Starting tonight and into early hours of Tuesday, June 14, Pasadena residents and others throughout California can look to the southeast just after sunset and see a special treat in the heavens – a “large and golden hued” full Moon rising above the horizon, says a description of the phenomenon by Old Farmer’s Almanac.
In areas where the skies are clear, June’s Strawberry Moon will appear at around 4:51 a.m. Pacific Time over California. This June full moon is also known as the full Strawberry Moon, because it comes just as strawberries are starting to ripen.
This full moon is the second of four consecutive supermoons in which the full moon of a month coincides with the moon at or near perigee, its closest point to the Earth in its monthly orbit, according to a Space.com article about the Strawberry Moon.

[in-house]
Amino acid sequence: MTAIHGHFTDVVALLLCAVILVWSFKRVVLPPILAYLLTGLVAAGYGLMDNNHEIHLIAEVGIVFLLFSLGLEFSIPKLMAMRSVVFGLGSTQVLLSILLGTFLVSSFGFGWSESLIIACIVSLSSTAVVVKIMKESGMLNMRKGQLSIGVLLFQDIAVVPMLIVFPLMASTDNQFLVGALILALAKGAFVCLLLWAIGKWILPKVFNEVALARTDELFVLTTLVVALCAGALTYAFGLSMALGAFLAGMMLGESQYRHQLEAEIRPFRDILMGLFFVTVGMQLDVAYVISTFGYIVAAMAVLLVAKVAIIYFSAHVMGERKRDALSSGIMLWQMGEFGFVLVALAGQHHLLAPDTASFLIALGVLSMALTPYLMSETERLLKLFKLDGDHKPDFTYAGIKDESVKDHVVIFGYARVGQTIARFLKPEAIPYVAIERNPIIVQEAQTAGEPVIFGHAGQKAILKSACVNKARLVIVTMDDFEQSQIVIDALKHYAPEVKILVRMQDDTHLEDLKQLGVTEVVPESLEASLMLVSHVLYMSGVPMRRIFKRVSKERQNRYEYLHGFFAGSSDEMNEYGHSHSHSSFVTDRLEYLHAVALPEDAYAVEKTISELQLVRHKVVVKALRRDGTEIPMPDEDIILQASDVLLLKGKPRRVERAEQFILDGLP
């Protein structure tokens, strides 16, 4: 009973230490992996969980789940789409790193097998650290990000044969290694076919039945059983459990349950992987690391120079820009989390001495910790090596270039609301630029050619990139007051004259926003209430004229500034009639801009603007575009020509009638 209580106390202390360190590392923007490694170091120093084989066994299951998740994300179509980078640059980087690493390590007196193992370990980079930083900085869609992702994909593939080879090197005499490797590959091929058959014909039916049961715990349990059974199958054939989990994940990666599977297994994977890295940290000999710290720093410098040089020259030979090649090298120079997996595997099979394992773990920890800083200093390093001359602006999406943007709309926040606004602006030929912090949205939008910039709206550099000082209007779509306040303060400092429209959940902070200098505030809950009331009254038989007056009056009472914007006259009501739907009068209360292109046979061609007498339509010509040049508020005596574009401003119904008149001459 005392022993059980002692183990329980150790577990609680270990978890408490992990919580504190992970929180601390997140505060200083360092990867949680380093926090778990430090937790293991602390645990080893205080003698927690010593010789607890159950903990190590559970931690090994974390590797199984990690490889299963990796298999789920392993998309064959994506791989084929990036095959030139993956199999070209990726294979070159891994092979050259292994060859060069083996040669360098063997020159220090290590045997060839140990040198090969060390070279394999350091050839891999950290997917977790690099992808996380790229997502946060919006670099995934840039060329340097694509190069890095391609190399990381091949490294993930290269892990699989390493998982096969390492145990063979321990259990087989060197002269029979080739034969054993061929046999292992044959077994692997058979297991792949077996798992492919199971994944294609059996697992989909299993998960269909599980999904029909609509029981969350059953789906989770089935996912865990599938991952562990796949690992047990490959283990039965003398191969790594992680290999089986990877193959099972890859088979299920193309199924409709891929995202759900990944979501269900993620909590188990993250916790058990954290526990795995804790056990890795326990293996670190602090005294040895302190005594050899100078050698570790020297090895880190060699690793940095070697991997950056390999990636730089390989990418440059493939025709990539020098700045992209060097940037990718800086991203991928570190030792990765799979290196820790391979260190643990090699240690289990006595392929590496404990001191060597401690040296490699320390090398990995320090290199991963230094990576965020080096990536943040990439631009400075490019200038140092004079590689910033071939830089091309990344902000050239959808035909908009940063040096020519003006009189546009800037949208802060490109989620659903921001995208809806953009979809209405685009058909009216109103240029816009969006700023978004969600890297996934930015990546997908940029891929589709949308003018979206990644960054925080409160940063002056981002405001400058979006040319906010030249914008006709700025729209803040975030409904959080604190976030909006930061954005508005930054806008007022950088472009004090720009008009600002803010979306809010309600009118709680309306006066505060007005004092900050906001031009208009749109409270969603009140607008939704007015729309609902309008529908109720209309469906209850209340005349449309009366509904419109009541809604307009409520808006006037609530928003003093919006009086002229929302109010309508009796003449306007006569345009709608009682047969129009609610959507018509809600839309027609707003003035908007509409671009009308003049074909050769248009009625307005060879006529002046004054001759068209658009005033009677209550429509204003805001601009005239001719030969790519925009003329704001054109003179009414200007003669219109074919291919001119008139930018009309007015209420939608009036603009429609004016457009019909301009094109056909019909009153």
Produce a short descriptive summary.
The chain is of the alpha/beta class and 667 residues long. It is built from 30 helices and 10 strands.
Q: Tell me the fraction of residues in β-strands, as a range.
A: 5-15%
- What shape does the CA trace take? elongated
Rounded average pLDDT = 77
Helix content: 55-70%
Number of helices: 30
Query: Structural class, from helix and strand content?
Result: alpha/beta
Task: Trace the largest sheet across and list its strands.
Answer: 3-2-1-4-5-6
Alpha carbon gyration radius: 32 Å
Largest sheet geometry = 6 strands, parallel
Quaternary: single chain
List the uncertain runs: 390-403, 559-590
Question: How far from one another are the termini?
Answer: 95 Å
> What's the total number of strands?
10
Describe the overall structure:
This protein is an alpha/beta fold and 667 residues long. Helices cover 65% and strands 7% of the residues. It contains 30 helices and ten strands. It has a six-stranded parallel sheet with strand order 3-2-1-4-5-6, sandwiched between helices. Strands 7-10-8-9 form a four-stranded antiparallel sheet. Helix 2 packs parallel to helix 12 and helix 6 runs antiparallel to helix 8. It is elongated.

Strawberry Moon was named for the strawberry harvesting season by the Algonquin Native American tribes in the northeast U.S, the National Weather Service said.
The National Weather Service forecasts “mostly clear” skies early Monday evening in Pasadena. So residents and visitors in Pasadena may have only a slight problem with trying to see the Strawberry Moon.
A supermoon is any full Moon that is at a distance of at least 90-percent of perigee. June’s full Moon stands at 222,238.4 miles away, still within that cut-off point.
If the weather is clear, the whole family can have a Strawberry Moon watching party. And if the weather doesn’t cooperate, this is just the second of four consecutive full moons that qualify as a supermoon.
The next full moons after that will be July 13 and August 11.
For more about the Strawberry Moon, see www.almanac.com/content/full-